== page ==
Created 15 years ago in the mountains of Southern China, the Farmers’ Chorus of the Yunnan Province, led by choirmaster Guangyuan Long, comprises 50 farmers of the Miao ethnicity. None have ever received any professional training, instead absorbing the Western Baroque and bel canto singing traditions introduced by Christian missionaries in the 1930s by word of mouth over the course of generations. Based at the Xiaoshuijing village church, the choir tours greater China and collaborates with international ensembles, including the Russian Philharmonic Orchestra. Since its inception, the choir, which performs in ethnic dress indigenous to this part of the Yunnan Province, has received widespread recognition across China. Among its numerous awards are first prizes in the inaugural China Western Choral Festival, First Yunnan Nie Er Music Week, First Kunming Nie Er Cup Chorus Festival, and First National Farmers’ Chorus Festival in Guangzhou. In 2008 the chorus represented the Yunnan province as the only Miao ensemble in the CCTV Young Singers’ Match; along with a top prize, the chorus received invitations to perform at Beijing’s National Centre for the Performing Arts and the Central Conservatory of Music. The chorus has also appeared at UNESCO’s Humanity Photo Awards 2011, the Opening Ceremony of the second Nie Er Music and Chorus Week in Shanghai Grand Theatre, the Beijing Television Spring Festival Gala, the Shanghai Spring International Music Festival, and the Jianshui Charity Concert, and made two appearances on the popular television show Mama Miya on Shanghai Dragon TV. The Miao reside primarily in Xiaoshuijing, a small Fumin county village of 158 families. Missionaries introduced Christianity in 1937, and today an estimated 80% of the village population identifies as Christian. In 2007 Xiaoshuijing was designated the Pilot Village of New Rural Construction in Kunming, aiming to increase agricultural production and improve living standards. This performance marks the New York Philharmonic debut of the Farmers’ Chorus of the Yunnan Province.
Li Huanzhi (1919–2000) composed Spring Festival Overture in 1955–56 as a cheerful depiction of the Spring Festival, the term used in China for what is known in the U.S. as the Lunar New Year. The piece has become immensely popular throughout China — performed in arrangements for various groupings of Chinese instruments, Western instruments, or combinations of the two — and is also well known well beyond that country: in 2007, it was one of 30 musical selections sent into outer space aboard Chang’e No. 1, China’s first lunar-probe satellite, which beamed this music back to earth. Andre Kostelanetz led the Orchestra’s first performance of this piece in May 1972; it has been performed annually as part of the Lunar New Year celebrations since January 2012, conducted by Long Yu.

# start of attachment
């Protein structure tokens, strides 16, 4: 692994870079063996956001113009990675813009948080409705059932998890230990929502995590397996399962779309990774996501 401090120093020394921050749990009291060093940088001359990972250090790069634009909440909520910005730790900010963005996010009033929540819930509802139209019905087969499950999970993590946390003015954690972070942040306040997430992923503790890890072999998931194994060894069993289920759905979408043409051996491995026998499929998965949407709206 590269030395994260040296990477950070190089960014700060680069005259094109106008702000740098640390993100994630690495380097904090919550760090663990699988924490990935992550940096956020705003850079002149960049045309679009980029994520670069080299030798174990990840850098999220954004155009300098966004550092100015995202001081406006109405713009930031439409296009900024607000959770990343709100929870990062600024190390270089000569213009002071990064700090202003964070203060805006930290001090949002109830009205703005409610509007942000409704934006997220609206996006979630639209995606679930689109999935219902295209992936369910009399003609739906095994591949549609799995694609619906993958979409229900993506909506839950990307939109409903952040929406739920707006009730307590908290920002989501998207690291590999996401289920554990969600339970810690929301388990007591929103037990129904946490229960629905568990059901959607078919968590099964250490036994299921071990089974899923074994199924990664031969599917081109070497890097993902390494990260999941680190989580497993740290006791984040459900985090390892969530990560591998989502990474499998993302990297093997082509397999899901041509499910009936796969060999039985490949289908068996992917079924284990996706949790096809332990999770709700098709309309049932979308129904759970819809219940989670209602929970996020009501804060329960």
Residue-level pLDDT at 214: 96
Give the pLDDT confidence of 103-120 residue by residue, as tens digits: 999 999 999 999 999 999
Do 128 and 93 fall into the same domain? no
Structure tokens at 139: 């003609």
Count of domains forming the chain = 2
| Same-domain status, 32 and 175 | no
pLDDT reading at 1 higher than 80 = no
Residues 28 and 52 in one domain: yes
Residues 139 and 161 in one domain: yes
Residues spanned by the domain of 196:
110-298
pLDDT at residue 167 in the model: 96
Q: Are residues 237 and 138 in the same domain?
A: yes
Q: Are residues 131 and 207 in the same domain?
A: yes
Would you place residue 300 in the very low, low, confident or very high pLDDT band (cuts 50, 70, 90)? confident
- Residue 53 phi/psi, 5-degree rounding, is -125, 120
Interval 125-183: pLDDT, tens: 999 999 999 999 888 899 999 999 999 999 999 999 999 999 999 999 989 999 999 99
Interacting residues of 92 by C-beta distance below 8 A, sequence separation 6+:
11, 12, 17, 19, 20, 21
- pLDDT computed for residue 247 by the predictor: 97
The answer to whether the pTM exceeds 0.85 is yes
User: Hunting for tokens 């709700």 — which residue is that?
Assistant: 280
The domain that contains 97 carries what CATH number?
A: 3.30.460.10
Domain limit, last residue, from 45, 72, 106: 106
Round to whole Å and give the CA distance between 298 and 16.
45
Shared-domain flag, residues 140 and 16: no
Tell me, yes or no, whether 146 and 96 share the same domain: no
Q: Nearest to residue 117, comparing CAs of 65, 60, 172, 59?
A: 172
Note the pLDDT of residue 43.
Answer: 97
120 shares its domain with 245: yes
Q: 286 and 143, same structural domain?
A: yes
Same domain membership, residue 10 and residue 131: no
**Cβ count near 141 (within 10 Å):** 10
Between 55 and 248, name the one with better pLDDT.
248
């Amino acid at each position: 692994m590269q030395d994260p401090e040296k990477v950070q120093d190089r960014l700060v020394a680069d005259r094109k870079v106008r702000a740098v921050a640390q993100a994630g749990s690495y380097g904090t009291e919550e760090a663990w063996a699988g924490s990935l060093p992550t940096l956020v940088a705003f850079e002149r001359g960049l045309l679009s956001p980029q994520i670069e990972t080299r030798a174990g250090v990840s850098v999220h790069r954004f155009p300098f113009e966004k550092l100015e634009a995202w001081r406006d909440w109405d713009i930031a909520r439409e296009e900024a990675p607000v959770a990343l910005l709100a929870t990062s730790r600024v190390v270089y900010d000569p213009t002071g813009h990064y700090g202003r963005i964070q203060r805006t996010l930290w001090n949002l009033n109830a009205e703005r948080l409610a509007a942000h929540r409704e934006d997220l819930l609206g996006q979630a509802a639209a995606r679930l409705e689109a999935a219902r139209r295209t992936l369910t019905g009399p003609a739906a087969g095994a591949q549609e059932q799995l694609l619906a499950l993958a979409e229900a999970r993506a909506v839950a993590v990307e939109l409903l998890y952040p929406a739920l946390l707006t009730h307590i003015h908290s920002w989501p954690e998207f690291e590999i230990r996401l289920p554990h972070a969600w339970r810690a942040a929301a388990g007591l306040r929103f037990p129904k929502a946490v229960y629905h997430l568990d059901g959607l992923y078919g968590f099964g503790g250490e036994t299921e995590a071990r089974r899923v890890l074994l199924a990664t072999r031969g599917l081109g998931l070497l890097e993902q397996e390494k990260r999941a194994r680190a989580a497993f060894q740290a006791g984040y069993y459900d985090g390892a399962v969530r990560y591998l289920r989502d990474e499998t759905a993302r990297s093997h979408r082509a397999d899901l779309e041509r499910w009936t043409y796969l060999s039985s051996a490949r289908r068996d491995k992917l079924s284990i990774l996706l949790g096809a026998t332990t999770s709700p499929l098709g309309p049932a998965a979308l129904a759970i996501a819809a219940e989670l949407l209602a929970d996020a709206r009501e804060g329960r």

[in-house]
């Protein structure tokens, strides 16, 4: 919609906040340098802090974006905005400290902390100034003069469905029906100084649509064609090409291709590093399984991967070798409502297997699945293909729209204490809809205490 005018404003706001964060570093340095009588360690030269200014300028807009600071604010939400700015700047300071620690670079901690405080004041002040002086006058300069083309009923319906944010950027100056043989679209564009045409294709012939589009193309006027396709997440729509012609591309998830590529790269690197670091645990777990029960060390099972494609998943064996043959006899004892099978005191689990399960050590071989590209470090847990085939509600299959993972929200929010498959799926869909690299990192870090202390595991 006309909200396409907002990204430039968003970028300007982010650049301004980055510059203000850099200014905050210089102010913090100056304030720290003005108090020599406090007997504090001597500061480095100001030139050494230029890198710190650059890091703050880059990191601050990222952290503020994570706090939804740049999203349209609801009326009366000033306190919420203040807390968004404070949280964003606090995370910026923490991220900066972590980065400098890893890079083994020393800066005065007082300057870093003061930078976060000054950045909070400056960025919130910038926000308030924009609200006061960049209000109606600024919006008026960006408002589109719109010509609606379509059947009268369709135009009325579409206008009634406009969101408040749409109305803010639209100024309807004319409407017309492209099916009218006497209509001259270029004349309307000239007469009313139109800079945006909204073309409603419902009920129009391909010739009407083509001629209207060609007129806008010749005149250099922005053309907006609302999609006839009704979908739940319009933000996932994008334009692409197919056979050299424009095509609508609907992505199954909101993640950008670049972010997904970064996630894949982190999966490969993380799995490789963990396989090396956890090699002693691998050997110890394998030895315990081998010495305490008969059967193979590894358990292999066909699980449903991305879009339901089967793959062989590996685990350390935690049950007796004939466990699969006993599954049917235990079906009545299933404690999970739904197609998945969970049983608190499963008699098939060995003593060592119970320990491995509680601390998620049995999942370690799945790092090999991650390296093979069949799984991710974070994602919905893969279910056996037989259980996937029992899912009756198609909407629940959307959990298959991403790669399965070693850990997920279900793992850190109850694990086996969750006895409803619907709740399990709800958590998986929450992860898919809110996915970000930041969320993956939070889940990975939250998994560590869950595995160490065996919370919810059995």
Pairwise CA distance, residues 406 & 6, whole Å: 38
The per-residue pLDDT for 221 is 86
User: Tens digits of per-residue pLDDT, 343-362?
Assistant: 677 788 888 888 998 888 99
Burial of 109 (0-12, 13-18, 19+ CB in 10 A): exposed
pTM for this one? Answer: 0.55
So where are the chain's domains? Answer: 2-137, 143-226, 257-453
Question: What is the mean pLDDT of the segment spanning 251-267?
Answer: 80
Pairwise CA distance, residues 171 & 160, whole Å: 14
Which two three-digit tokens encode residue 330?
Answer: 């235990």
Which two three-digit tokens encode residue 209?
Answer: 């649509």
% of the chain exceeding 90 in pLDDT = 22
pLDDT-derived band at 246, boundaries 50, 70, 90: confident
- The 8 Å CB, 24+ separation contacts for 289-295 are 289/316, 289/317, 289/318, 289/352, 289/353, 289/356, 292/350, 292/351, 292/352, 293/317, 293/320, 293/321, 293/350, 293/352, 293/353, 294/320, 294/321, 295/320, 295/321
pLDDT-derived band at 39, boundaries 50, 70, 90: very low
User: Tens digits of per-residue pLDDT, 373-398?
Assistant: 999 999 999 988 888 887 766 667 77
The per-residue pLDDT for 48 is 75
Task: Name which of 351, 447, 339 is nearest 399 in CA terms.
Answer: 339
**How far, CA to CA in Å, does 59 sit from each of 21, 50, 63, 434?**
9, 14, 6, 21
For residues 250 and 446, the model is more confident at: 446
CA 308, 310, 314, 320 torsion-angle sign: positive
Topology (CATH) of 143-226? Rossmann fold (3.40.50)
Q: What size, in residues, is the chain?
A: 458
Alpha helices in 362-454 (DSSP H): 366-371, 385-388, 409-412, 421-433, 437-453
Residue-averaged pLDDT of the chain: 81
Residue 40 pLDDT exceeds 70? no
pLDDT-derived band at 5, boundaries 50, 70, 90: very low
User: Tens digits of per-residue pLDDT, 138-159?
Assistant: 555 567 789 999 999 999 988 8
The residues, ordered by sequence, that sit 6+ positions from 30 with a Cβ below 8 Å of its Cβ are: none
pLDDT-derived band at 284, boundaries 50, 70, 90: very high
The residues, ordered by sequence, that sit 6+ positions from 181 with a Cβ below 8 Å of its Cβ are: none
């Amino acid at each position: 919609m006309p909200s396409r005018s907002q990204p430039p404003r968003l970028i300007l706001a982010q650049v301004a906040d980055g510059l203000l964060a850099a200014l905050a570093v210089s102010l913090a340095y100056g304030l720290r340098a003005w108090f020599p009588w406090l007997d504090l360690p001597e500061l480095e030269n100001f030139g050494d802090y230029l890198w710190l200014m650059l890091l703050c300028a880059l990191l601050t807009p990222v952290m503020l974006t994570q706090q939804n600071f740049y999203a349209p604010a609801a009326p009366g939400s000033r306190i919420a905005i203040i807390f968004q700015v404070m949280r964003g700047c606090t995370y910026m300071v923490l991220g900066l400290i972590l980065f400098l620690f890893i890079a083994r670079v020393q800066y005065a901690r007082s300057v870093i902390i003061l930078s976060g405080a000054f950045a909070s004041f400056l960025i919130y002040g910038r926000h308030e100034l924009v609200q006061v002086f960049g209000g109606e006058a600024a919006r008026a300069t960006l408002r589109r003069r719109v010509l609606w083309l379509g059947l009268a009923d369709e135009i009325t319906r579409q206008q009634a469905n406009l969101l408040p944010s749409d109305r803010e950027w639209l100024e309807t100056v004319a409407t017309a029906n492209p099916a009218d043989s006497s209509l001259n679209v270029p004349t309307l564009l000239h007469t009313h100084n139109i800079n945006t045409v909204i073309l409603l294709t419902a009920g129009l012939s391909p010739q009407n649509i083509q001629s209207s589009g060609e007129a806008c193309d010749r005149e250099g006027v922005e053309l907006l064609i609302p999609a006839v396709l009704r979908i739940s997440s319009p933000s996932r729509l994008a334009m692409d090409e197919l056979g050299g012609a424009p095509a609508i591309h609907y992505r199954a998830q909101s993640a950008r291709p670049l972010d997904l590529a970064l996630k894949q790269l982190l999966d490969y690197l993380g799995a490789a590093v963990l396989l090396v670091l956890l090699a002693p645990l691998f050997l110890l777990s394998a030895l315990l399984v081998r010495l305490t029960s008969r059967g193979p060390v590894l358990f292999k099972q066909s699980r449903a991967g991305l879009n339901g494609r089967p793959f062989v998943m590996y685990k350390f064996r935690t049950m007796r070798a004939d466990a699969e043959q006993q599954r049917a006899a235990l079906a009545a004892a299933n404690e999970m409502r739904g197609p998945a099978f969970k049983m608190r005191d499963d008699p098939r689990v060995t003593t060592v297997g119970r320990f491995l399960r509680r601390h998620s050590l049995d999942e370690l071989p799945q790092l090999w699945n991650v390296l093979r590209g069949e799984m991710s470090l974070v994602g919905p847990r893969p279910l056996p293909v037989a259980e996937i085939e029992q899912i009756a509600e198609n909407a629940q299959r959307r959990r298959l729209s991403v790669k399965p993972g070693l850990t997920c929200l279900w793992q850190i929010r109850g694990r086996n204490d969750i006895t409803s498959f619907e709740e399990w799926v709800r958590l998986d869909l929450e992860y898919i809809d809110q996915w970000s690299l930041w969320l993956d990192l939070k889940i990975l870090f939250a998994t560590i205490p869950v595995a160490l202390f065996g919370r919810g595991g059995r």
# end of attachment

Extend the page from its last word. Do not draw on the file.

When Ludwig van Beethoven (1770–1827) conducted and performed the now-infamous premiere of his Choral Fantasy in December 1808 at the legendary Akademie benefit concert at Vienna’s Theater an der Wien, it was, for everyone involved, too much of a good thing executed under the most difficult circumstances. Hastily composed — uncharacteristic for Beethoven — and under-rehearsed, it “simply fell apart,” according to Beethoven’s secretary Anton Schindler. Polished after the premiere, the Choral Fantasy combines piano and orchestra with voices singing a text written by either Christoph Kuffner or Georg Friedrich Treitschke (the authorship is disputed). The work comprises a solo piano introduction, a set of variations, and a chorale finish. The theme woven throughout is based on Beethoven’s 1795 song “Gegenliebe” (“Requited Love”), and foreshadows the famous chorale theme in the final movement of the Ninth Symphony. The solo piano portions are constructed in a free-variation style that tips its hat to Beethoven’s keyboard improvisation skills — he did not notate the solo piano portion in its entirety until 1809. The New York Philharmonic first performed the work in January 1877, led by Leopold Damrosch with pianist Bernard Boekelman and the Oratorio Society of New York; the Orchestra most recently performed it in February 2001, led by then Music Director Kurt Masur with pianist Jonathan Biss and the Berlin Radio Choir.
Starr International Foundation is the Presenting Sponsor of the Lunar New Year Gala.
* * *
Citi. Preferred Card of the New York Philharmonic.
* * *
Emirates is the Official Airline of the New York Philharmonic.
* * *
PurePoint Financial. Season Sponsor of the New York Philharmonic.
* * *
Programs are supported, in part, by public funds from the New York City Department of Cultural Affairs in partnership with the City Council, the National Endowment for the Arts, and the New York State Council on the Arts, with the support of Governor Andrew Cuomo and the New York State Legislature.
Single tickets for the Lunar New Year Concert and Gala start at $35. Tickets may be purchased online at nyphil.org or by calling (212) 875-5656, 10:00 a.m. to 6:00 p.m. Monday through Friday; 1:00 p.m. to 6:00 p.m. Saturday; and noon to 5:00 p.m. Sunday. Tickets may also be purchased at the David Geffen Hall Box Office. The Box Office opens at 10:00 a.m. Monday through Saturday, and at noon on Sunday. On performance evenings, the Box Office closes one-half hour after performance time; other evenings it closes at 6:00 p.m. To determine ticket availability, call the Philharmonic’s Customer Relations Department at (212) 875-5656. (Ticket prices subject to change.)